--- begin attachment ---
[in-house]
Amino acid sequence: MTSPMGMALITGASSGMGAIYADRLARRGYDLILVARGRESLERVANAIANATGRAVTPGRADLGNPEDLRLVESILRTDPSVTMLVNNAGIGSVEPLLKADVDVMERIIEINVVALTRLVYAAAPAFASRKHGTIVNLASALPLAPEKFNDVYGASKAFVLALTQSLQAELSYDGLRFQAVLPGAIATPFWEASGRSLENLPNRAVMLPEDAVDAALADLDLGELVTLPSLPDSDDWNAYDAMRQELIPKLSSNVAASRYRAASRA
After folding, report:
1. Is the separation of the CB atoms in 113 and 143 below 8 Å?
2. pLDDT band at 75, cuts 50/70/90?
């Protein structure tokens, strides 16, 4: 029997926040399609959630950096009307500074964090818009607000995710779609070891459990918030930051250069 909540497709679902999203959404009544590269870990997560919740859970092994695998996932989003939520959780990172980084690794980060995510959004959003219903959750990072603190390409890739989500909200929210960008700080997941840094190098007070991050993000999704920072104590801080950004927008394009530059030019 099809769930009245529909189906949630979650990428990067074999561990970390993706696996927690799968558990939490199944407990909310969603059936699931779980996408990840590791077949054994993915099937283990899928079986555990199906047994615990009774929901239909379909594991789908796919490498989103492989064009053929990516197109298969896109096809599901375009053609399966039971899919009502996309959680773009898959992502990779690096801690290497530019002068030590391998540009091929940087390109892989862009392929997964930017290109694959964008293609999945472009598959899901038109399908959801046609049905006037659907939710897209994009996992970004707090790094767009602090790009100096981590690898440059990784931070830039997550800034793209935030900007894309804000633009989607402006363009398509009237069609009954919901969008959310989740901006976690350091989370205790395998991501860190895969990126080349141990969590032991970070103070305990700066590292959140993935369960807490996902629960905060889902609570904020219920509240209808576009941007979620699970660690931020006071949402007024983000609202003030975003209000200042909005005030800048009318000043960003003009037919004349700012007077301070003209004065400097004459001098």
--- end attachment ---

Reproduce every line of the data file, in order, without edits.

[in-house]
Amino acid sequence: MTSPMGMALITGASSGMGAIYADRLARRGYDLILVARGRESLERVANAIANATGRAVTPGRADLGNPEDLRLVESILRTDPSVTMLVNNAGIGSVEPLLKADVDVMERIIEINVVALTRLVYAAAPAFASRKHGTIVNLASALPLAPEKFNDVYGASKAFVLALTQSLQAELSYDGLRFQAVLPGAIATPFWEASGRSLENLPNRAVMLPEDAVDAALADLDLGELVTLPSLPDSDDWNAYDAMRQELIPKLSSNVAASRYRAASRA
After folding, report:
1. Is the separation of the CB atoms in 113 and 143 below 8 Å?
2. pLDDT band at 75, cuts 50/70/90?
């Protein structure tokens, strides 16, 4: 029997926040399609959630950096009307500074964090818009607000995710779609070891459990918030930051250069 909540497709679902999203959404009544590269870990997560919740859970092994695998996932989003939520959780990172980084690794980060995510959004959003219903959750990072603190390409890739989500909200929210960008700080997941840094190098007070991050993000999704920072104590801080950004927008394009530059030019 099809769930009245529909189906949630979650990428990067074999561990970390993706696996927690799968558990939490199944407990909310969603059936699931779980996408990840590791077949054994993915099937283990899928079986555990199906047994615990009774929901239909379909594991789908796919490498989103492989064009053929990516197109298969896109096809599901375009053609399966039971899919009502996309959680773009898959992502990779690096801690290497530019002068030590391998540009091929940087390109892989862009392929997964930017290109694959964008293609999945472009598959899901038109399908959801046609049905006037659907939710897209994009996992970004707090790094767009602090790009100096981590690898440059990784931070830039997550800034793209935030900007894309804000633009989607402006363009398509009237069609009954919901969008959310989740901006976690350091989370205790395998991501860190895969990126080349141990969590032991970070103070305990700066590292959140993935369960807490996902629960905060889902609570904020219920509240209808576009941007979620699970660690931020006071949402007024983000609202003030975003209000200042909005005030800048009318000043960003003009037919004349700012007077301070003209004065400097004459001098």